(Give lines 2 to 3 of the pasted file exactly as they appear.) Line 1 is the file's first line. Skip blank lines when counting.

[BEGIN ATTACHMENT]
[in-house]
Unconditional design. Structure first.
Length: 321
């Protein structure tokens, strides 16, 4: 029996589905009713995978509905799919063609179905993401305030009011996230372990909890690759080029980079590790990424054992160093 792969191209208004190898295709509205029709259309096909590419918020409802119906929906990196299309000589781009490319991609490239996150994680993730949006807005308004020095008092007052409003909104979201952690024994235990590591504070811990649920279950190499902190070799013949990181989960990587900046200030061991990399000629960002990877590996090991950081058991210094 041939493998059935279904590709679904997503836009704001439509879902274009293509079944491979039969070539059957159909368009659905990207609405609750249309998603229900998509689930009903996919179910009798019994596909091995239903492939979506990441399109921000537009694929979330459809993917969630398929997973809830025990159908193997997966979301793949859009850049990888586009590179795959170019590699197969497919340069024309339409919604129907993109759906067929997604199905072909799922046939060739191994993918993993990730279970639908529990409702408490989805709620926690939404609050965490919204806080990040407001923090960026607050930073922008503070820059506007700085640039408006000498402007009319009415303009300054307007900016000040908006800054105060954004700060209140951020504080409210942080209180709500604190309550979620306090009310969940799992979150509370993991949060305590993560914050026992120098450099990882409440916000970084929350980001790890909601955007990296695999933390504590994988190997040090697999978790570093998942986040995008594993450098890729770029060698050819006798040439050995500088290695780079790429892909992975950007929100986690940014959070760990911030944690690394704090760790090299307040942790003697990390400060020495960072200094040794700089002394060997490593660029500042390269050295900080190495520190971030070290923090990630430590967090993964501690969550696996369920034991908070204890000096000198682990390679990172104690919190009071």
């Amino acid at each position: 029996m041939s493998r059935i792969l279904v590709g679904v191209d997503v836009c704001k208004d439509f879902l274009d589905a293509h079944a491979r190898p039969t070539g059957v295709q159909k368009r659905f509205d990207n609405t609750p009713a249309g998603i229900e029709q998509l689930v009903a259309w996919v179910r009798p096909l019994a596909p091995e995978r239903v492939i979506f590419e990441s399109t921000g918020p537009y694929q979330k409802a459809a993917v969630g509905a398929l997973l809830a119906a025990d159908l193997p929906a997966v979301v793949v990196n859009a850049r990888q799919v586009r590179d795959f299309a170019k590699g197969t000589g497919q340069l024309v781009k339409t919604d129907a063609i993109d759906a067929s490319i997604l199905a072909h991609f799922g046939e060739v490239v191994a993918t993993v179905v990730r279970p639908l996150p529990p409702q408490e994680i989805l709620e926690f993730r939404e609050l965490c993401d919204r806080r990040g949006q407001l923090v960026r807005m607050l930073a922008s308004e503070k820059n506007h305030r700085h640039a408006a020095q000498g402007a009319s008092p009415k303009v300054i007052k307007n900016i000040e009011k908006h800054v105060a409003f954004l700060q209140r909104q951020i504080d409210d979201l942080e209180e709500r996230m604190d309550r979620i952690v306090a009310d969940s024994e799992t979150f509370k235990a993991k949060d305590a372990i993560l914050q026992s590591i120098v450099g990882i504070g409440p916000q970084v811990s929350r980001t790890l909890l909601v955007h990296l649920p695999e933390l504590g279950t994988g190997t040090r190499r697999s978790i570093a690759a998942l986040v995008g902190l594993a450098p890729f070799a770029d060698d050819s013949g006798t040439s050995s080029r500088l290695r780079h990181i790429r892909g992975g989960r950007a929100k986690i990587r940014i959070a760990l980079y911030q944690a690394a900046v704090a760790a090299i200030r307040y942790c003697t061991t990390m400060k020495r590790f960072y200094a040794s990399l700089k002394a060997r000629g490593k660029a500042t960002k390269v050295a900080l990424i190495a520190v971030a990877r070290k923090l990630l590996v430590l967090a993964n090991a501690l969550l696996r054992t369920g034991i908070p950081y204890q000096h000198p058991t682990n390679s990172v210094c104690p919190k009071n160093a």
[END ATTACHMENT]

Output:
Unconditional design. Structure first.
Length: 321